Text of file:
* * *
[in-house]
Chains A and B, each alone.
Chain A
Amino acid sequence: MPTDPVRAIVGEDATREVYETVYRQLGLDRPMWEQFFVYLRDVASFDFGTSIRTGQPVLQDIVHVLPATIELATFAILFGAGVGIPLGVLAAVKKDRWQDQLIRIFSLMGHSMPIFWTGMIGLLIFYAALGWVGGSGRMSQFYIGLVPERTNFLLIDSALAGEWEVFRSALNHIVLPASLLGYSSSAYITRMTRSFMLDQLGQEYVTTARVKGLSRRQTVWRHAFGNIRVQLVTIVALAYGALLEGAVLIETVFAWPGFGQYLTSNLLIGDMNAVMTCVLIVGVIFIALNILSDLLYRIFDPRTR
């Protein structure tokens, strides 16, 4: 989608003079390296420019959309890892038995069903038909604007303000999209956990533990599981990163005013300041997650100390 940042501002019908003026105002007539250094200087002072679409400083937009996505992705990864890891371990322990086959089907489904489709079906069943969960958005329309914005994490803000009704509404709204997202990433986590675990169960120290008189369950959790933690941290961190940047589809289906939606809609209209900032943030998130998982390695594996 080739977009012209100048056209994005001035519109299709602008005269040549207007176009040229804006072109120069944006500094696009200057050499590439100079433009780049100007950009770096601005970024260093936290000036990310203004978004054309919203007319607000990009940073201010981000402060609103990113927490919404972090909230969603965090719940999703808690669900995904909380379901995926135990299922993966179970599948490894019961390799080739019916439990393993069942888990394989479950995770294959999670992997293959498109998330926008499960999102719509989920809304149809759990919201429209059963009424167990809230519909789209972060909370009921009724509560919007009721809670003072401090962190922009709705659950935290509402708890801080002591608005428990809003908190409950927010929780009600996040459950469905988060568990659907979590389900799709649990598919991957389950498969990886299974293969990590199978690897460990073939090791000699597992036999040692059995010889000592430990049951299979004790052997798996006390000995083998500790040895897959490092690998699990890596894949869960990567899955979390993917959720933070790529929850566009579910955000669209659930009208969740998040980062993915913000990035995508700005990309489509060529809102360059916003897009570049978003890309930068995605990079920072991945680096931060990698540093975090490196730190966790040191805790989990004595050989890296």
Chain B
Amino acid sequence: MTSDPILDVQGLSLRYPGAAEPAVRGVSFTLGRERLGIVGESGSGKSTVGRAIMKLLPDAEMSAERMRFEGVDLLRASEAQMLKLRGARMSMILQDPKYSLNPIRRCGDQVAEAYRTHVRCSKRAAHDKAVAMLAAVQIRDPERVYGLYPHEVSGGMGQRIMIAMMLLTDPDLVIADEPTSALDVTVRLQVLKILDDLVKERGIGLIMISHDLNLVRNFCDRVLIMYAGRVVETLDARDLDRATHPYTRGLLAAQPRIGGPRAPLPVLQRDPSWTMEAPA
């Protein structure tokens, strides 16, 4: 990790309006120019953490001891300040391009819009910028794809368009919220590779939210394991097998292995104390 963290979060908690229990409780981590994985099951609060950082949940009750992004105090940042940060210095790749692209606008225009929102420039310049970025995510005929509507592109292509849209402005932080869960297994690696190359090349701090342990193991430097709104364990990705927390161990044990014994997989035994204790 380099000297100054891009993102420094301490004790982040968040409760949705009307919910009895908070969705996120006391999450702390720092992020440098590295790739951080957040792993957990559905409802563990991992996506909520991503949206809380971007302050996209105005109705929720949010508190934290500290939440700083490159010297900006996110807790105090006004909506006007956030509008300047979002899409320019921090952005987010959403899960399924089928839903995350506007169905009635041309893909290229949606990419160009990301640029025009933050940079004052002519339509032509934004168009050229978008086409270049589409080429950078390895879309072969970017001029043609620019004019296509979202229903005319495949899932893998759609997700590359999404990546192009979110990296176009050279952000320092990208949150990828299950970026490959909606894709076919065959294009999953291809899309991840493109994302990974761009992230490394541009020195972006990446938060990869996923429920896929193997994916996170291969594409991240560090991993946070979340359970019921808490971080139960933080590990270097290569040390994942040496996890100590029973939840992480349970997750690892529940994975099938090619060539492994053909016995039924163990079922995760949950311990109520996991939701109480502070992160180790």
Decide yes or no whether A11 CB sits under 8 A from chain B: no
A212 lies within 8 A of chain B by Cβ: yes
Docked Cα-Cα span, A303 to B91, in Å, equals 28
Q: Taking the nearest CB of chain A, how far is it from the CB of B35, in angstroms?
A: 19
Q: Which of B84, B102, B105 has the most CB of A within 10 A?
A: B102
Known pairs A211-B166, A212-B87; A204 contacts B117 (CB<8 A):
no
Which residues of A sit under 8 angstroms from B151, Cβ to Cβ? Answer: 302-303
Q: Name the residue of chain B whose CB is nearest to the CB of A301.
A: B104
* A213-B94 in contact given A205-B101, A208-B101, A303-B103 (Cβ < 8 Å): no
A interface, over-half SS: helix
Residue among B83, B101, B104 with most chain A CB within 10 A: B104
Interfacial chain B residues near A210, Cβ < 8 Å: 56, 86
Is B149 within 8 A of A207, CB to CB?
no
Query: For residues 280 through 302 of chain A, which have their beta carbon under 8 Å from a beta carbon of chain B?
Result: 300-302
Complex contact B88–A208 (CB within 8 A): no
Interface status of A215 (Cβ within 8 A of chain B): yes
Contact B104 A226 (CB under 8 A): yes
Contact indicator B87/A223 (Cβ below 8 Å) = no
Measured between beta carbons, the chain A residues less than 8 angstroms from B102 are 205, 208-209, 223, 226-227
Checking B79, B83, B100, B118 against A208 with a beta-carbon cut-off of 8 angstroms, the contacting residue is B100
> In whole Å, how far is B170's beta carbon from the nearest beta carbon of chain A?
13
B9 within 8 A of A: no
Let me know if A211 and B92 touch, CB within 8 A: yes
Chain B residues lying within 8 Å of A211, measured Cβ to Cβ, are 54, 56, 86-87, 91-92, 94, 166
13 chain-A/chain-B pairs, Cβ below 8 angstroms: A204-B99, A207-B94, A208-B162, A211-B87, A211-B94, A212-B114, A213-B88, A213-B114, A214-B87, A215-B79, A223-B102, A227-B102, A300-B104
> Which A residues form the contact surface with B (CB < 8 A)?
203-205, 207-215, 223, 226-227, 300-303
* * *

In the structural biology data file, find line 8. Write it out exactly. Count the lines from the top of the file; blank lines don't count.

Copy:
């Protein structure tokens, strides 16, 4: 990790309006120019953490001891300040391009819009910028794809368009919220590779939210394991097998292995104390 963290979060908690229990409780981590994985099951609060950082949940009750992004105090940042940060210095790749692209606008225009929102420039310049970025995510005929509507592109292509849209402005932080869960297994690696190359090349701090342990193991430097709104364990990705927390161990044990014994997989035994204790 380099000297100054891009993102420094301490004790982040968040409760949705009307919910009895908070969705996120006391999450702390720092992020440098590295790739951080957040792993957990559905409802563990991992996506909520991503949206809380971007302050996209105005109705929720949010508190934290500290939440700083490159010297900006996110807790105090006004909506006007956030509008300047979002899409320019921090952005987010959403899960399924089928839903995350506007169905009635041309893909290229949606990419160009990301640029025009933050940079004052002519339509032509934004168009050229978008086409270049589409080429950078390895879309072969970017001029043609620019004019296509979202229903005319495949899932893998759609997700590359999404990546192009979110990296176009050279952000320092990208949150990828299950970026490959909606894709076919065959294009999953291809899309991840493109994302990974761009992230490394541009020195972006990446938060990869996923429920896929193997994916996170291969594409991240560090991993946070979340359970019921808490971080139960933080590990270097290569040390994942040496996890100590029973939840992480349970997750690892529940994975099938090619060539492994053909016995039924163990079922995760949950311990109520996991939701109480502070992160180790």